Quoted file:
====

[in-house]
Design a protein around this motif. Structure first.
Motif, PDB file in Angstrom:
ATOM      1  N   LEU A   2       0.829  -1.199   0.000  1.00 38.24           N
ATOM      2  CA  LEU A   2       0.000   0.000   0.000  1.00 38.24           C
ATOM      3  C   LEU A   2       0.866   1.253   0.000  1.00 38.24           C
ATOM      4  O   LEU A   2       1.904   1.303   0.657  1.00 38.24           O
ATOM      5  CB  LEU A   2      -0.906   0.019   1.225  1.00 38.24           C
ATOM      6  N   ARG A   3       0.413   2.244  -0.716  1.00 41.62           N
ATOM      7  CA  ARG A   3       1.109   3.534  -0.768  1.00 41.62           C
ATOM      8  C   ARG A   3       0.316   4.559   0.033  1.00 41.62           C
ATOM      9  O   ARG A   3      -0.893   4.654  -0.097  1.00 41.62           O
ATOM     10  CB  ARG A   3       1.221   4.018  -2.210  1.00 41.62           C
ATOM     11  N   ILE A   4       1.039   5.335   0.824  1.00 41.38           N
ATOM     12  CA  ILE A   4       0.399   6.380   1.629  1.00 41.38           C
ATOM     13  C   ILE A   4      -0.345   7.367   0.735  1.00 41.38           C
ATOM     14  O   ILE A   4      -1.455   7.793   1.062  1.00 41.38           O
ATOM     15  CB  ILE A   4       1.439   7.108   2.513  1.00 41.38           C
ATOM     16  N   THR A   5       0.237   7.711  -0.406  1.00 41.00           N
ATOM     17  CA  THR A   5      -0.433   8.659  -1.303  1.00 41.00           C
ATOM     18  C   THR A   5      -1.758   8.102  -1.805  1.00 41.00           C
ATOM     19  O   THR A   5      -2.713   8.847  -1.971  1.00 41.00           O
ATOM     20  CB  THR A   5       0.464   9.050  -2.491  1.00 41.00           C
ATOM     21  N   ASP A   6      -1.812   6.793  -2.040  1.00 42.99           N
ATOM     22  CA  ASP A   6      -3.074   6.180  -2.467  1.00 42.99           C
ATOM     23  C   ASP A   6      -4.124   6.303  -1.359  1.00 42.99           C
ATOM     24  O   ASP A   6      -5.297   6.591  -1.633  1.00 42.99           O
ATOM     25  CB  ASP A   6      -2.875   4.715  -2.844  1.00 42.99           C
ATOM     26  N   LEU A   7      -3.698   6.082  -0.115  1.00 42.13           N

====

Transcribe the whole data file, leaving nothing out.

[in-house]
Design a protein around this motif. Structure first.
Motif, PDB file in Angstrom:
ATOM      1  N   LEU A   2       0.829  -1.199   0.000  1.00 38.24           N
ATOM      2  CA  LEU A   2       0.000   0.000   0.000  1.00 38.24           C
ATOM      3  C   LEU A   2       0.866   1.253   0.000  1.00 38.24           C
ATOM      4  O   LEU A   2       1.904   1.303   0.657  1.00 38.24           O
ATOM      5  CB  LEU A   2      -0.906   0.019   1.225  1.00 38.24           C
ATOM      6  N   ARG A   3       0.413   2.244  -0.716  1.00 41.62           N
ATOM      7  CA  ARG A   3       1.109   3.534  -0.768  1.00 41.62           C
ATOM      8  C   ARG A   3       0.316   4.559   0.033  1.00 41.62           C
ATOM      9  O   ARG A   3      -0.893   4.654  -0.097  1.00 41.62           O
ATOM     10  CB  ARG A   3       1.221   4.018  -2.210  1.00 41.62           C
ATOM     11  N   ILE A   4       1.039   5.335   0.824  1.00 41.38           N
ATOM     12  CA  ILE A   4       0.399   6.380   1.629  1.00 41.38           C
ATOM     13  C   ILE A   4      -0.345   7.367   0.735  1.00 41.38           C
ATOM     14  O   ILE A   4      -1.455   7.793   1.062  1.00 41.38           O
ATOM     15  CB  ILE A   4       1.439   7.108   2.513  1.00 41.38           C
ATOM     16  N   THR A   5       0.237   7.711  -0.406  1.00 41.00           N
ATOM     17  CA  THR A   5      -0.433   8.659  -1.303  1.00 41.00           C
ATOM     18  C   THR A   5      -1.758   8.102  -1.805  1.00 41.00           C
ATOM     19  O   THR A   5      -2.713   8.847  -1.971  1.00 41.00           O
ATOM     20  CB  THR A   5       0.464   9.050  -2.491  1.00 41.00           C
ATOM     21  N   ASP A   6      -1.812   6.793  -2.040  1.00 42.99           N
ATOM     22  CA  ASP A   6      -3.074   6.180  -2.467  1.00 42.99           C
ATOM     23  C   ASP A   6      -4.124   6.303  -1.359  1.00 42.99           C
ATOM     24  O   ASP A   6      -5.297   6.591  -1.633  1.00 42.99           O
ATOM     25  CB  ASP A   6      -2.875   4.715  -2.844  1.00 42.99           C
ATOM     26  N   LEU A   7      -3.698   6.082  -0.115  1.00 42.13           N